Polling stations have closed and votes have started to be counted in Burundi’s controversial presidential elections, in which incumbent Pierre Nkurunziza is widely expected to win a third consecutive term.
Ballots will continue to be tallied on Wednesday, but officials have said that they do not expect the results to be announced until Thursday.
Shortly before voting started on Tuesday, a policeman and a civilian were killed amid a string of explosions and gunfire in the capital Bujumbura, the epicentre of three months of anti-government protests.
Al Jazeera’s Haru Mutasa, reporting from Bujumbura, said that one member of the opposition was also killed overnight in the city’s Nyakabiga neighbourhood. The incident prompted a big crowd to gather there in protest in the morning.
— harumutasa/aljazeera (@harumutasa) July 21, 2015
The body was removed on Tuesday, several hours after the incident. But the crowd who were boycotting the elections still stayed on at the incident spot, with riot police mobilised near them keeping a safe distance.
About 3.8 million Burundians were eligible to vote in the polls, which the opposition and civil society groups are boycotting, claiming they will not be free and fair.
Electoral Commission president Pierre-Claver Ndayicariye said turnout was low in Bujumbura and southwestern Bururi province, but gave an overall figure of 74 percent, comparable to that of last month’s general elections.
The opposition have denounced the candidacy of the incumbent president as unconstitutional and a violation of the 2006 peace deal that ended a dozen years of civil war and ethnic massacres in 2006.
A spokesman for the US said the elections lacked credibility and by pressing ahead, the government risked its “legitimacy”.
State department spokesman John Kirby said, the vote “will further discredit the government”.
The nation’s constitutional court has ruled in the president’s favour, however, maintaining he is eligible for a third term because he was chosen by legislators – and not popularly elected – for his first term.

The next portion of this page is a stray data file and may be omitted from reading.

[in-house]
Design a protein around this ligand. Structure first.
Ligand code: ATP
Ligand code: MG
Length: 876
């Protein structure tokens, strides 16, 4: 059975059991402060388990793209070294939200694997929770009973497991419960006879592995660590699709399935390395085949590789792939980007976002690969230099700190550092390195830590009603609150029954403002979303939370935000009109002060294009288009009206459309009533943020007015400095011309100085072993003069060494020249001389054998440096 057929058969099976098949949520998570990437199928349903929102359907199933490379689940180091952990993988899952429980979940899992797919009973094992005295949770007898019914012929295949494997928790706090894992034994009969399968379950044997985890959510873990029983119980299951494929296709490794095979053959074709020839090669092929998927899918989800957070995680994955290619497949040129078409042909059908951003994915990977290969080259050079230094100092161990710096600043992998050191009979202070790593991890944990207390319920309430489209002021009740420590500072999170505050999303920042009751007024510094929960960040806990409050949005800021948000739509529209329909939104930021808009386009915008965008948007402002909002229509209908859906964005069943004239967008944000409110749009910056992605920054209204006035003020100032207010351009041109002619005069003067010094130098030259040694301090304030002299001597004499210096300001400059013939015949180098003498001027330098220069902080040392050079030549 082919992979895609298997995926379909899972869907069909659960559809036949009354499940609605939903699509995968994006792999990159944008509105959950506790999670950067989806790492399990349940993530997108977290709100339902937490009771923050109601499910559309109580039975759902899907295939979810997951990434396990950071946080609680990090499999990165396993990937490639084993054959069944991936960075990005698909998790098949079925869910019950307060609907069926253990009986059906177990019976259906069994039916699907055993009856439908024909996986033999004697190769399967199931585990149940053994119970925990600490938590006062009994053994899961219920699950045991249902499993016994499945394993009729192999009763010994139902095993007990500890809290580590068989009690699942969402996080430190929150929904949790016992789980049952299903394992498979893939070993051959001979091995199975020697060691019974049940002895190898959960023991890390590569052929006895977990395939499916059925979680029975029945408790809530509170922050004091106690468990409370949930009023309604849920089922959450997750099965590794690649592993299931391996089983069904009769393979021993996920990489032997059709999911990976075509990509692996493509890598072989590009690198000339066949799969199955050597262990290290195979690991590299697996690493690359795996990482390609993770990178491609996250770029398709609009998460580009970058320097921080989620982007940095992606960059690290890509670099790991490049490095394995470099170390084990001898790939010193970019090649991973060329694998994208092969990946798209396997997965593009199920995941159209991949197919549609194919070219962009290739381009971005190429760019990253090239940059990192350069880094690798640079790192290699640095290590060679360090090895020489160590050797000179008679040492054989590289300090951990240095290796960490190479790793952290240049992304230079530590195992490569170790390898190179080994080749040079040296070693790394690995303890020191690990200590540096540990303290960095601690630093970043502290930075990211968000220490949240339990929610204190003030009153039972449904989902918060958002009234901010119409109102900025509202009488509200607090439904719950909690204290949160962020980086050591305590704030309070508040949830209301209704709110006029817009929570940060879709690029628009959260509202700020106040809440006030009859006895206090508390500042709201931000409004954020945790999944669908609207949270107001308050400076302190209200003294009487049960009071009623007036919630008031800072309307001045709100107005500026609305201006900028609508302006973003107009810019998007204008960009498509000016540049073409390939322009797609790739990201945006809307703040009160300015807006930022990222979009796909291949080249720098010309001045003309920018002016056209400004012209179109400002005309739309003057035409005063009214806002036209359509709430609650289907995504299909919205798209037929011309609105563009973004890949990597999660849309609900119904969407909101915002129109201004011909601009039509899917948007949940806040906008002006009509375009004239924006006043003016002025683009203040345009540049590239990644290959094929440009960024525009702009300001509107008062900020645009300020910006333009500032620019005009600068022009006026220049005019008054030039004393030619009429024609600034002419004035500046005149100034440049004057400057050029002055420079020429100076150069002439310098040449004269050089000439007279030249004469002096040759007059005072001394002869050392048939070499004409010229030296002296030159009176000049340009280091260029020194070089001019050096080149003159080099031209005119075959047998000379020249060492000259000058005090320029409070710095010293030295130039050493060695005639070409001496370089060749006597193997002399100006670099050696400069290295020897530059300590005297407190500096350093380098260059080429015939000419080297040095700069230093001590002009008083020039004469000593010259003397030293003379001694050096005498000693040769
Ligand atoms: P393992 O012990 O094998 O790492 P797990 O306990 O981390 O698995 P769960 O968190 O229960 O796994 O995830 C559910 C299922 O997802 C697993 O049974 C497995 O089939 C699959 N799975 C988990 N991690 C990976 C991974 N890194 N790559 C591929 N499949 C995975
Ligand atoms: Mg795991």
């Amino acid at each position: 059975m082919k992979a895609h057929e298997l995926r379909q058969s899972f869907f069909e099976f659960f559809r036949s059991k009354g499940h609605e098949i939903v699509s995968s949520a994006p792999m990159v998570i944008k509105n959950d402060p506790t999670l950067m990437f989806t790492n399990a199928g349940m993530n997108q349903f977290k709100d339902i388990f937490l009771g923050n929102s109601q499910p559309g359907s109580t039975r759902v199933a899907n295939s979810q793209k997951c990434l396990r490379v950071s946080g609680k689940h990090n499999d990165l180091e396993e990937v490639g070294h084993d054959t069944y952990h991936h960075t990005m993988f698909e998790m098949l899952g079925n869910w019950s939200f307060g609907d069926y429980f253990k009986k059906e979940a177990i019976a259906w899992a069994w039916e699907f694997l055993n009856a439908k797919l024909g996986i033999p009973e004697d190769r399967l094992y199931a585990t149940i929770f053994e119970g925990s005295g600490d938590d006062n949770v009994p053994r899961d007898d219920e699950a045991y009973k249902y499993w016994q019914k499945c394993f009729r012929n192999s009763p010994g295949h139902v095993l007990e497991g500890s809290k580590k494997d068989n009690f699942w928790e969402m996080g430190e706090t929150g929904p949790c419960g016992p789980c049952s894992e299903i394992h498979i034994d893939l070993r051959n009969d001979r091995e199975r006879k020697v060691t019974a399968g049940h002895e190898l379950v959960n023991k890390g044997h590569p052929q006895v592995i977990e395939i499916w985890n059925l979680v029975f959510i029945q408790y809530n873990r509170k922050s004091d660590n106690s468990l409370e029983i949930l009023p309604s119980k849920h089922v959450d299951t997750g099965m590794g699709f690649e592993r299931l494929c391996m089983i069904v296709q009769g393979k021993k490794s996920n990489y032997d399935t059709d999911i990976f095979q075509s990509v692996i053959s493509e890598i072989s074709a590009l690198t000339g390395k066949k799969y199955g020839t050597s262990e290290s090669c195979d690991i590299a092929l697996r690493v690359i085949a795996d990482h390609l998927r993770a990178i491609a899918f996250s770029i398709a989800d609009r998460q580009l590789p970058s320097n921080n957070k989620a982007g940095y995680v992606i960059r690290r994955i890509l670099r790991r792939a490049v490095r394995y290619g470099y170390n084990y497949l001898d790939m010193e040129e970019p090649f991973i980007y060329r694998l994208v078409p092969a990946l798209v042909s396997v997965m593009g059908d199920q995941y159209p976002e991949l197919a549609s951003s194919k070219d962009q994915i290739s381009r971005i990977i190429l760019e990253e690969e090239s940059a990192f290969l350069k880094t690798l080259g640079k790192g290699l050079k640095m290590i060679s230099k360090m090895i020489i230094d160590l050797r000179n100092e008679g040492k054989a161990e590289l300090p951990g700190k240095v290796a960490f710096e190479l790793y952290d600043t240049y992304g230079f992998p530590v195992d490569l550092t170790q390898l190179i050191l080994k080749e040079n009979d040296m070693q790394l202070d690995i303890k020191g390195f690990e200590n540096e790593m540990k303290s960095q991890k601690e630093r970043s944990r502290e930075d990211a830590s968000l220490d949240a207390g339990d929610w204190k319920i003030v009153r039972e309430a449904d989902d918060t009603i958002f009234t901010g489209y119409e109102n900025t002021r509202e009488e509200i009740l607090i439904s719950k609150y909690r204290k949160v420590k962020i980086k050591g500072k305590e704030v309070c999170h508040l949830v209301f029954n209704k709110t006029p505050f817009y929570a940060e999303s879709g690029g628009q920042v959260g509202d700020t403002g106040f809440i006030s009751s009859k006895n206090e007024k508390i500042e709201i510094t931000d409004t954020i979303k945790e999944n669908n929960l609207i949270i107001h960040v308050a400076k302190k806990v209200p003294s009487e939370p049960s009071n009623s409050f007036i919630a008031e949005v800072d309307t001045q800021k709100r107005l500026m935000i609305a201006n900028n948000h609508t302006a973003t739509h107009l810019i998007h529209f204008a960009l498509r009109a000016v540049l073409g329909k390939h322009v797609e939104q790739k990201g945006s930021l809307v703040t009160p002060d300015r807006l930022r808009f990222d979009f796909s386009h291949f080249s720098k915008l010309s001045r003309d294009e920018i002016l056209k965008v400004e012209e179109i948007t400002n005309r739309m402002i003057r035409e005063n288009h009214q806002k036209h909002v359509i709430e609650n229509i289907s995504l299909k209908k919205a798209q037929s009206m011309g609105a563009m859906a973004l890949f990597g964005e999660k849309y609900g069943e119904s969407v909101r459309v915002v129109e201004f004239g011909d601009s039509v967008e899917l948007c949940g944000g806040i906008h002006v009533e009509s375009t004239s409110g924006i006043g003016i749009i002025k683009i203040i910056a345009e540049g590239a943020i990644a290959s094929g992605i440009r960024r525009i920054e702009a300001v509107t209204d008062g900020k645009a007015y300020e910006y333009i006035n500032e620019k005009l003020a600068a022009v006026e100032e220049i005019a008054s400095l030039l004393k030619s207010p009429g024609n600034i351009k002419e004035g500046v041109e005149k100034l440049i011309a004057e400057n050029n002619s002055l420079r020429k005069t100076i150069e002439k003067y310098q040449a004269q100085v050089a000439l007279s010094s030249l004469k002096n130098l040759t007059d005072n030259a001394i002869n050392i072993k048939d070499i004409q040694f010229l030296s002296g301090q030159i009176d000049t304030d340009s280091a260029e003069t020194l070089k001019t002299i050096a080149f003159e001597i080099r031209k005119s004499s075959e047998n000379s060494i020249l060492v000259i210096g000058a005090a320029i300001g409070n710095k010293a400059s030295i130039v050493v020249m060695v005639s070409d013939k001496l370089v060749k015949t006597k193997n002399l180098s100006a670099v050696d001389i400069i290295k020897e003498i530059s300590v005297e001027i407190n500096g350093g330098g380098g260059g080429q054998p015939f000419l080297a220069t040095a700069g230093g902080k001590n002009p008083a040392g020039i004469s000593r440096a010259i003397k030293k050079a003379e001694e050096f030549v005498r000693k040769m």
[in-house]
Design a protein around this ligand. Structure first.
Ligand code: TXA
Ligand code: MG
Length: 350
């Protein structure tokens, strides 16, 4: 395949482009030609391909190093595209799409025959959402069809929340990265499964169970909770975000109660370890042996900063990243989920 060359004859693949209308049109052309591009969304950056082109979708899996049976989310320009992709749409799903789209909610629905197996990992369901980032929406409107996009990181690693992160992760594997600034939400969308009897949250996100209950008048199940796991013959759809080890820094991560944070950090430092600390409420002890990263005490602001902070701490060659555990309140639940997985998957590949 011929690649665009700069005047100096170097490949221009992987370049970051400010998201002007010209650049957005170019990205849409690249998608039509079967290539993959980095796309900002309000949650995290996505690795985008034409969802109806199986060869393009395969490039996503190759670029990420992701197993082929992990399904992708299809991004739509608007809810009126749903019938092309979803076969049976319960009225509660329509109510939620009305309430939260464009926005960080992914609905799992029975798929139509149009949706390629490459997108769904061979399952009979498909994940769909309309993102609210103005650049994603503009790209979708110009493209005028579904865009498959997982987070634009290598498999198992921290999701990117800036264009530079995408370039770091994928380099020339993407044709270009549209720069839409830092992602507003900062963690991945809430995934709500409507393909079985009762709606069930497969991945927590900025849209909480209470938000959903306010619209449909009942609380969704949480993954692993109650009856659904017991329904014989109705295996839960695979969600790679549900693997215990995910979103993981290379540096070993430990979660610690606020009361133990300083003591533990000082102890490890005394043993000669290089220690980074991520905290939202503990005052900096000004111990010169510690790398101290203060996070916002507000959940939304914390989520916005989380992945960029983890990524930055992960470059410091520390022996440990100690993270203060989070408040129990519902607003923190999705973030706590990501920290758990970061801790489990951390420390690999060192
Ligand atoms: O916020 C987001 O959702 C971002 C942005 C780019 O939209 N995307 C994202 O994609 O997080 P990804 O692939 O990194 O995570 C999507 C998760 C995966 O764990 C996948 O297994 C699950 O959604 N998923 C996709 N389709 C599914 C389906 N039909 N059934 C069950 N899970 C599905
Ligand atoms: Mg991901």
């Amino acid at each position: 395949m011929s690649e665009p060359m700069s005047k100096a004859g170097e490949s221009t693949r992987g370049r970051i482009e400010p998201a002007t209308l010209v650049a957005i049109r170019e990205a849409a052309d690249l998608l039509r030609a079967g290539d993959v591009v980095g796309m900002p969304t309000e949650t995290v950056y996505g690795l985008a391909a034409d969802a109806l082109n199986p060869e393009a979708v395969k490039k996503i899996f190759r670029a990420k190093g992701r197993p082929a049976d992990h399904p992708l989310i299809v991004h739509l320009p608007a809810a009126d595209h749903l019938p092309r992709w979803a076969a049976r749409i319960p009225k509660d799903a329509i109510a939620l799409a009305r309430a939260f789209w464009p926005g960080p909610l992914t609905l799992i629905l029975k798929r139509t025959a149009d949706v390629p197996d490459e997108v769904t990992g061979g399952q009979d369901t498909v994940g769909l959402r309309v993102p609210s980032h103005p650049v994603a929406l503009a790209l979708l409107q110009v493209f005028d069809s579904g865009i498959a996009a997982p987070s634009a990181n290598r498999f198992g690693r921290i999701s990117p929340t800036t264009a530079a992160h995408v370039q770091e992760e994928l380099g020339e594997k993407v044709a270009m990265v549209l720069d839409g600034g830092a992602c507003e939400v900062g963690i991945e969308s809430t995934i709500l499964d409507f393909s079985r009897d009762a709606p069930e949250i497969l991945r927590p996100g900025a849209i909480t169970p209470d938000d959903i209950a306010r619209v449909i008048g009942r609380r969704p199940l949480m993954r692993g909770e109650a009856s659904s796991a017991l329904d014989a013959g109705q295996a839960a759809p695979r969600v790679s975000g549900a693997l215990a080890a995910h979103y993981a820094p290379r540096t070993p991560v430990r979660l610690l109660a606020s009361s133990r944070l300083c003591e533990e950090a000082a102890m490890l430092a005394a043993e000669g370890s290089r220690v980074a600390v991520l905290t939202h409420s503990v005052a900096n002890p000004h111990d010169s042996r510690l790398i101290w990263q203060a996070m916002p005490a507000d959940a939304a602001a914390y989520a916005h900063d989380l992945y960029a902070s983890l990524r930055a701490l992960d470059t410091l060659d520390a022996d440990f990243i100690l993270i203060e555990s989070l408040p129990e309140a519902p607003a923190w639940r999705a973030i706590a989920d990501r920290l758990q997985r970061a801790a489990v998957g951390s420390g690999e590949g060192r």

Nkurunziza told journalists he was allowing “the Burundian people to vote or to choose someone they believe in”. The president arrived to vote in his home village of Buye on bike.
Ban Ki-moon, the UN secretary-general, has called on authorities to do all in their power to ensure security and a peaceful atmosphere during the election.
“He [Ban] further calls on all parties to refrain from any acts of violence that could compromise the stability of Burundi and the region,” his spokesman said in a statement on his behalf.
More than two months of anti-Nkurunziza protests, which have often been violently repressed, have left at least 100 dead since late April.
Independent media has been shut down and many opponents have fled – joining an exodus of more than 150,000 Burundians who fear their country may again be engulfed by widespread violence.
Doctors Without Borders (MSF) said on Monday about a thousand people were fleeing each day into Tanzania.
In mid-May, rebel generals attempted to overthrow Nkurunziza in a coup. After that failed, they launched a rebellion in the north of the country.
Last-ditch crisis talks mediated by Uganda broke down on Sunday.
“The government has opted to isolate itself and go ahead with pseudo-elections,” said Leonce Ngendakumana, a prominent opposition figure, after talks collapsed.
“They have refused to save Burundi from sliding into an abyss,” said Jean Minani, another opposition figure.
Analysts say renewed conflict in the country could reignite ethnic Hutu-Tutsi violence and bring another humanitarian disaster on the region.
The conflict also risks drawing in neighbouring states – much like in the war-torn east of the Democratic Republic of Congo.
The last civil war in Burundi left at least 300,000 dead.